WASHINGTON -- President Barack Obama vowed to protect the core elements of his health care reform law after Senate Republican leader Mitch McConnell (Ky.) pledged to attack it anew next year, in light of big Republican gains in Tuesday’s midterm elections.
Republicans will take control of the Senate in January, adding it to the majority they have had in the House since 2011 -- during which time they voted in more than 50 instances to kill Obamacare. The party's opposition to Obamacare is virtually unanimous.
In remarks at a White House press conference Wednesday, Obama expressed openness to small changes to the Affordable Care Act, but pre-emptively rejected any Republican proposals that would undermine the law, which remade the health insurance market and has extended health coverage to millions of previously uninsured people.
"On health care, there are certainly some lines I'm going to draw," Obama said. "Repeal of the law I won't sign. Efforts that would take away health care from the 10 million people who now have it and the millions more who are now eligible to get it, we're not going to support. "
Obama specifically declared he would not consider doing away with the law's individual mandate, which requires most Americans to obtain health care coverage or face tax penalties. Polls show this to be the most unpopular part of the Affordable Care Act, and it was the subject of a constitutional challenge that went all the way to the Supreme Court, which upheld the policy in 2012.
"The individual mandate is a line I can't cross," Obama said.
Obama's comments appear to leave only a small opening for soon-to-be Senate Majority Leader McConnell and House Speaker John Boehner (R-Ohio) to make modifications to the Affordable Care Act over the next two years, and they won't squelch Republican zeal for undoing or severely damaging the law.
"We are, I think, really proud of the work that's been done," Obama said. "If, in fact, one of the items on Mitch McConnell's agenda and John Boehner's agenda is to make responsible changes to the Affordable Care Act to make it work better, I'm going to be very open and receptive to hearing those ideas. But what I will remind them is that, despite all the contention, we now know that the law works."
The tea party wing of the Republican Party will settle for nothing less than a complete repeal of Obamacare, an objective McConnell acknowledged is all but impossible so long as the man whose name it carries is president.
"He's still there," McConnell said at a news conference in Louisville, Kentucky, on Wednesday. "The veto pen is a pretty big thing." Before the elections, McConnell suggested he may employ a parliamentary tactic known as budget reconciliation to dismantle Obamacare, which would require only 51 votes as opposed to the 60 needed to overcome a Democratic filibuster. Congressional Democrats used this mechanism to pass Obamacare in 2010 with zero GOP votes.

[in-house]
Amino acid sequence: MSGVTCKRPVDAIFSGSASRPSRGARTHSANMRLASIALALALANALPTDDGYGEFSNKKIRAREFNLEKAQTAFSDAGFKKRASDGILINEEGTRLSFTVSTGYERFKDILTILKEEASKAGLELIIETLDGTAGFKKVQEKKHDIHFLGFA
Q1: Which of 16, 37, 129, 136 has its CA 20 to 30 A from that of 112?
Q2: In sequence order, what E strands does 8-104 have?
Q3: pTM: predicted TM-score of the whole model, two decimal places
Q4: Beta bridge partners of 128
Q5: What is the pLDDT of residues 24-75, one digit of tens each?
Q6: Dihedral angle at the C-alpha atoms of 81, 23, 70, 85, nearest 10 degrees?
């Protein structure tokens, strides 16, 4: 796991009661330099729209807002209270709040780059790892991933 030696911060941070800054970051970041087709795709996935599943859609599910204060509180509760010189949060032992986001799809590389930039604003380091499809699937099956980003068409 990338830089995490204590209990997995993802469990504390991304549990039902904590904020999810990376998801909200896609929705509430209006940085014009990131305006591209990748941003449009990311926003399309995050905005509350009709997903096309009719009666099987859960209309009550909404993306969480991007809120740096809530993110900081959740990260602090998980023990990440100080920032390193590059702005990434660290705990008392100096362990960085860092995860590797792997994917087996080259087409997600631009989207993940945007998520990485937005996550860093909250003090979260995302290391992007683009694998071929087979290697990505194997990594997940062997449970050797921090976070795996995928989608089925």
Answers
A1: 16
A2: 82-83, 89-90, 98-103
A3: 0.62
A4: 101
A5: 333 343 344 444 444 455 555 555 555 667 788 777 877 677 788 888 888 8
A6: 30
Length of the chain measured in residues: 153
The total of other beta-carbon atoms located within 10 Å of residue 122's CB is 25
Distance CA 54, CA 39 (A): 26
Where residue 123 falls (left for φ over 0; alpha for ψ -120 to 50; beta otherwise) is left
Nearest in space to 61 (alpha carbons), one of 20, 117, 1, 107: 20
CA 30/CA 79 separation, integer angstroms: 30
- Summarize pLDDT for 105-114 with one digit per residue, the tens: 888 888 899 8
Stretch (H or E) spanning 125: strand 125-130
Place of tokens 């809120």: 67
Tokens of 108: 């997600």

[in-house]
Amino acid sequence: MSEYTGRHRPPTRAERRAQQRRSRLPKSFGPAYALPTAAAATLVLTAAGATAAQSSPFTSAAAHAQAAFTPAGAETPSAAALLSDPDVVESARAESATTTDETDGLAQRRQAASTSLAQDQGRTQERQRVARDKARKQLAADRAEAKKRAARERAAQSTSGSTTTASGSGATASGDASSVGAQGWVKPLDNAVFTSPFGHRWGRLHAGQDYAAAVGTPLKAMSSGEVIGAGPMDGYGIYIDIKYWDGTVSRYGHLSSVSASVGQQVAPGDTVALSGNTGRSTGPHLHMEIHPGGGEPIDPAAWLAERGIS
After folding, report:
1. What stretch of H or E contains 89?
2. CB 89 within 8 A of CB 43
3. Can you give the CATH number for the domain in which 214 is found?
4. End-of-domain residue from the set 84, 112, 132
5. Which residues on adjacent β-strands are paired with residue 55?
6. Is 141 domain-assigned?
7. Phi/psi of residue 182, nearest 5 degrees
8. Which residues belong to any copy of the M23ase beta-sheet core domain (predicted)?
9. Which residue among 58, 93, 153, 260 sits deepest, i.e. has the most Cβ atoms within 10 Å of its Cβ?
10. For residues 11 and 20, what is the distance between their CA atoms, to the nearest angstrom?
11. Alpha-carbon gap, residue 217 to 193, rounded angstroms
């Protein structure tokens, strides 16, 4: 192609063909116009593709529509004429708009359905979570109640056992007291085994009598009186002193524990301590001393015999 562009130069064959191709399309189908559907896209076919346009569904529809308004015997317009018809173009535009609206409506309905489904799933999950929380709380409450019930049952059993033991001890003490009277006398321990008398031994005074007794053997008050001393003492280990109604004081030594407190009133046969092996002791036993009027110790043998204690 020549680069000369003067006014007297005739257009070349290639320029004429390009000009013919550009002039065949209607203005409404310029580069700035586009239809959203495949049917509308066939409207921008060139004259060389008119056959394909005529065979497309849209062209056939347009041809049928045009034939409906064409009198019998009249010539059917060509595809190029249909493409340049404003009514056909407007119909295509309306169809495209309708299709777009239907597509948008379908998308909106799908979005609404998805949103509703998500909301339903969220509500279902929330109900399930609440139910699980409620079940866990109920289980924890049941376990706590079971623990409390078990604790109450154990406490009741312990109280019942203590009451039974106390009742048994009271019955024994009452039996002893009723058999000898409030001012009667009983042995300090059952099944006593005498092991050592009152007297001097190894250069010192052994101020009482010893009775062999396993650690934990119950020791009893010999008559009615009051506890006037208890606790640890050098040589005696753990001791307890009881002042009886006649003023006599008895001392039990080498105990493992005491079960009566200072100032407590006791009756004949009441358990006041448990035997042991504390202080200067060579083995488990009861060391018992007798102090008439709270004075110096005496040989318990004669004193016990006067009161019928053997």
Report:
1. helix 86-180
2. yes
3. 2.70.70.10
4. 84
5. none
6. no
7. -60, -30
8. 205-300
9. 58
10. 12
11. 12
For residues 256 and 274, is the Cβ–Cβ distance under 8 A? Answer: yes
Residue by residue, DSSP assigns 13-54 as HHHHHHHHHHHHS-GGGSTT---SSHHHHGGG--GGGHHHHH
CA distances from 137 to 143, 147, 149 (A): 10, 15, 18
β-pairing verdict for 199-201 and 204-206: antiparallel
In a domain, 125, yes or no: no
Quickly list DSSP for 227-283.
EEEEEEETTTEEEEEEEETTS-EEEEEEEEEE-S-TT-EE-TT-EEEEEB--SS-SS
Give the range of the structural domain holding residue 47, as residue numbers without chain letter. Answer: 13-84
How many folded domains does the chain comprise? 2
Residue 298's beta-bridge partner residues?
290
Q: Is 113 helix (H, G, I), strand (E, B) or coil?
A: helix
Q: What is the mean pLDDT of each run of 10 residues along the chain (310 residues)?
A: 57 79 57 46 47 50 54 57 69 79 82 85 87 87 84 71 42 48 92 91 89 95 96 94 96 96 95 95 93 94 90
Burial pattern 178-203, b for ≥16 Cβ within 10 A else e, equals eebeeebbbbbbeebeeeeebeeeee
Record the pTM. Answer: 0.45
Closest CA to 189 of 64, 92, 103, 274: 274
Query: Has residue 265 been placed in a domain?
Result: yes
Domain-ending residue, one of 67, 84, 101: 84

McConnell nevertheless emphasized he favors repealing the law outright, and said Republicans stand united in opposition to Obamacare. "It's no secret that every one of my members thinks that Obamacare was a huge legislative mistake," he said.
Short of achieving repeal, McConnell promised to take aim at a handful of specific provisions of the Affordable Care Act. "There are pieces of it that are deeply, deeply unpopular with the American people," he said.
McConnell said Republicans would seek to scrap the individual mandate -- which Obama won't support -- a tax on medical device sales, and a rule requiring companies with 50 or more employees to offer health benefits to anyone who works at least 30 hours a week or pay penalties to the government. Other elements of the law also could be targeted for changes.
Obama wouldn't comment on a reporter's question about whether he would agree to eliminating the medical device tax. Obama also hasn't said whether he would be willing to accept changes to the so-called employer mandate, but he has twice delayed implementation of this part of Obamacare, which was supposed to take effect this year but now won't fully be in place until 2016.
More people oppose the Affordable Care Act than support it, with 43 percent holding an unfavorable view of the law compared with 36 percent who see it favorably, according to an October poll by the Henry J. Kaiser Family Foundation. The same survey, however, revealed more than two-thirds of Americans believe Congress should work to improve Obamacare.